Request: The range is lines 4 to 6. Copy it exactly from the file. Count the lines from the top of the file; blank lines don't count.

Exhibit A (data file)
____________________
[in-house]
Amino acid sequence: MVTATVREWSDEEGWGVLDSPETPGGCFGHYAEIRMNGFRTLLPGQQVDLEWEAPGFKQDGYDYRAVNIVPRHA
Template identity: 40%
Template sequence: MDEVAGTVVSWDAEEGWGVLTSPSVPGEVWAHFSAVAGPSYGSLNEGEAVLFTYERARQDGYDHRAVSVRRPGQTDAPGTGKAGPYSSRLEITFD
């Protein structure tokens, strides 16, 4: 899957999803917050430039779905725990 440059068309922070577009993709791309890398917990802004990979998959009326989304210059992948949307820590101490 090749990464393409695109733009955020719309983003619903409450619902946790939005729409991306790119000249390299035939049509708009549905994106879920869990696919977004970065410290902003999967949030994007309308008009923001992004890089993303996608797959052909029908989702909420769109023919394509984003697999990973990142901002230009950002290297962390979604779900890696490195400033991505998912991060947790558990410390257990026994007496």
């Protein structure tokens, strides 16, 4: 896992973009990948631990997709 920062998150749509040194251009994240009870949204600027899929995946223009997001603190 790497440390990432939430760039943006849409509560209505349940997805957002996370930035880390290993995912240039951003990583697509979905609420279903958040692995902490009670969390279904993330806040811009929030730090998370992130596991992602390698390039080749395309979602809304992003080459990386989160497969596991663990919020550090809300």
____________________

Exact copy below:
Template sequence: MDEVAGTVVSWDAEEGWGVLTSPSVPGEVWAHFSAVAGPSYGSLNEGEAVLFTYERARQDGYDHRAVSVRRPGQTDAPGTGKAGPYSSRLEITFD
């Protein structure tokens, strides 16, 4: 899957999803917050430039779905725990 440059068309922070577009993709791309890398917990802004990979998959009326989304210059992948949307820590101490 090749990464393409695109733009955020719309983003619903409450619902946790939005729409991306790119000249390299035939049509708009549905994106879920869990696919977004970065410290902003999967949030994007309308008009923001992004890089993303996608797959052909029908989702909420769109023919394509984003697999990973990142901002230009950002290297962390979604779900890696490195400033991505998912991060947790558990410390257990026994007496």
């Protein structure tokens, strides 16, 4: 896992973009990948631990997709 920062998150749509040194251009994240009870949204600027899929995946223009997001603190 790497440390990432939430760039943006849409509560209505349940997805957002996370930035880390290993995912240039951003990583697509979905609420279903958040692995902490009670969390279904993330806040811009929030730090998370992130596991992602390698390039080749395309979602809304992003080459990386989160497969596991663990919020550090809300």